16. Gold Medal Mel posted a great interview with Nathan Adrian…47 in practice, damn! Click here.

Training Starts

Hi folks, welcome back, I’m sure many of you have or are struggling with jet lag, waking up at 2:00am in not pleasant, thankfully it gets better every day and eventually goes away.

I’m really looking forward to a fun and fast new swimming season, we have some new things lined up for you, more about this in later posts.

Training starts on Thursday for High School Students, 3-5pm,

Training for MS and ES swimmers who swam with the Sailfish last season start training on Friday.  Everybody welcome.

People new to ISM or who want to join the Sailfish Swim Club please come to training next week Monday-Friday for an assessment.  Please ask for Coach Andy, I will watch you swim and decide which squad will suit you best.  Once you have been assessed I will e-mail you a registration form, please fill it in and e-mail back to me.

Questions please e-mail coach Andy

see you on pool deck


Two Foods You Should Never, Ever Eat After Exercise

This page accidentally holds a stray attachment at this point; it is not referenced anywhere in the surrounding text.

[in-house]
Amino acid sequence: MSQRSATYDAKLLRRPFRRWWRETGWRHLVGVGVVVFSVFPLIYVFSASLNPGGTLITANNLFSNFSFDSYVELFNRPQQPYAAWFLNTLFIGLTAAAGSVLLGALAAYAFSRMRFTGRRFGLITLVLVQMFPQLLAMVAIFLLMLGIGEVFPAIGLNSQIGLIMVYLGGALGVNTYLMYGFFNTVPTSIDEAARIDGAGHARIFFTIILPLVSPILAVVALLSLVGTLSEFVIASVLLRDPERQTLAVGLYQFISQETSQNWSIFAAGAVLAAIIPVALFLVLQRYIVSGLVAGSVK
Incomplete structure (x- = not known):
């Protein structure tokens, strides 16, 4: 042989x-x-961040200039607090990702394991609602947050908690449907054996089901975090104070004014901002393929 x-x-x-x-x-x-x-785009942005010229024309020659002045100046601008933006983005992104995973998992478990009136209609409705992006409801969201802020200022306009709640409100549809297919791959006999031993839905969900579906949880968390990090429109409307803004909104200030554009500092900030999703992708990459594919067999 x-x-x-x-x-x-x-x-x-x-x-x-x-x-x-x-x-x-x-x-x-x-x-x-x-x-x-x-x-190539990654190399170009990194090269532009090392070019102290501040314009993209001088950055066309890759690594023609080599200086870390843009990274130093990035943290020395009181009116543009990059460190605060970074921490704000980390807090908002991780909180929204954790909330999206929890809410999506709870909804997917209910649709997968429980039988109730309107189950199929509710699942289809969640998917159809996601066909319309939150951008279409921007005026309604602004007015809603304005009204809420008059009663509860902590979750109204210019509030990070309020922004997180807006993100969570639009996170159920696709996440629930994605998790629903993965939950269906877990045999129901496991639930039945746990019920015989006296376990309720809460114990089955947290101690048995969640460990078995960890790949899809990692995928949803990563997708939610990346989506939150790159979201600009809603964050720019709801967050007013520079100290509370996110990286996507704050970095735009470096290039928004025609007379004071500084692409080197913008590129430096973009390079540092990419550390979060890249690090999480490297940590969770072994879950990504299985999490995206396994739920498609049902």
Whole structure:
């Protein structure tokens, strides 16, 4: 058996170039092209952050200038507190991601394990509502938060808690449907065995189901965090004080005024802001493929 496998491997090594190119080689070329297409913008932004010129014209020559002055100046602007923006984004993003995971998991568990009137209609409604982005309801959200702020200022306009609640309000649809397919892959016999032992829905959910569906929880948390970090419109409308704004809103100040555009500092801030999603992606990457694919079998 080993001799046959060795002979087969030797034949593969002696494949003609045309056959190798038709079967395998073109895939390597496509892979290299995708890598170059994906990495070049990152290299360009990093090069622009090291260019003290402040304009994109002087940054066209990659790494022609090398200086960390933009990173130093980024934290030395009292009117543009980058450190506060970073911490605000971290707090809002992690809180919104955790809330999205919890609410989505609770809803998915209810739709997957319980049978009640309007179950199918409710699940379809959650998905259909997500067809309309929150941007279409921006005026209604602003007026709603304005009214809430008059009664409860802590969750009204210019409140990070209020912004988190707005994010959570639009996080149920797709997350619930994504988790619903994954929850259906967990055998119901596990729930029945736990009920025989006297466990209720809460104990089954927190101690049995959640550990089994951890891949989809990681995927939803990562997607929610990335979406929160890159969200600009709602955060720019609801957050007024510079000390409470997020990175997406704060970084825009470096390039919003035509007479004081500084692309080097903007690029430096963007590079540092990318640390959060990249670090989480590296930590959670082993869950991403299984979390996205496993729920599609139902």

Posted by: Dr. Mercola | July 27 2010

Did you know that what you eat directly after exercising – typically within two hours – can have a significant impact on the health benefits you reap from your exercise?

Consuming sugar within this post-exercise window, will negatively affect both your insulin sensitivity and your human growth hormone (HGH) production.

A recent study in the Journal of Applied Physiology found that eating a low-carbohydrate meal after aerobic exercise enhances your insulin sensitivity. This is highly beneficial, since impaired insulin sensitivity, or insulin resistance, is the underlying cause of type 2 diabetes and a significant risk factor for other chronic diseases, such as heart disease.

In addition, as HGH Magazine explains, consuming fructose, including that from fruit juices, within this two-hour window will decimate your natural HGH production:

“A high sugar meal after working out, or even a recovery drink (containing high sugar) after working out, will stop the benefits of exercise induced HGH. You can work out for hours, then eat a high sugar candy bar or have a high sugar energy drink, and this will shut down the synergistic benefits of HGH.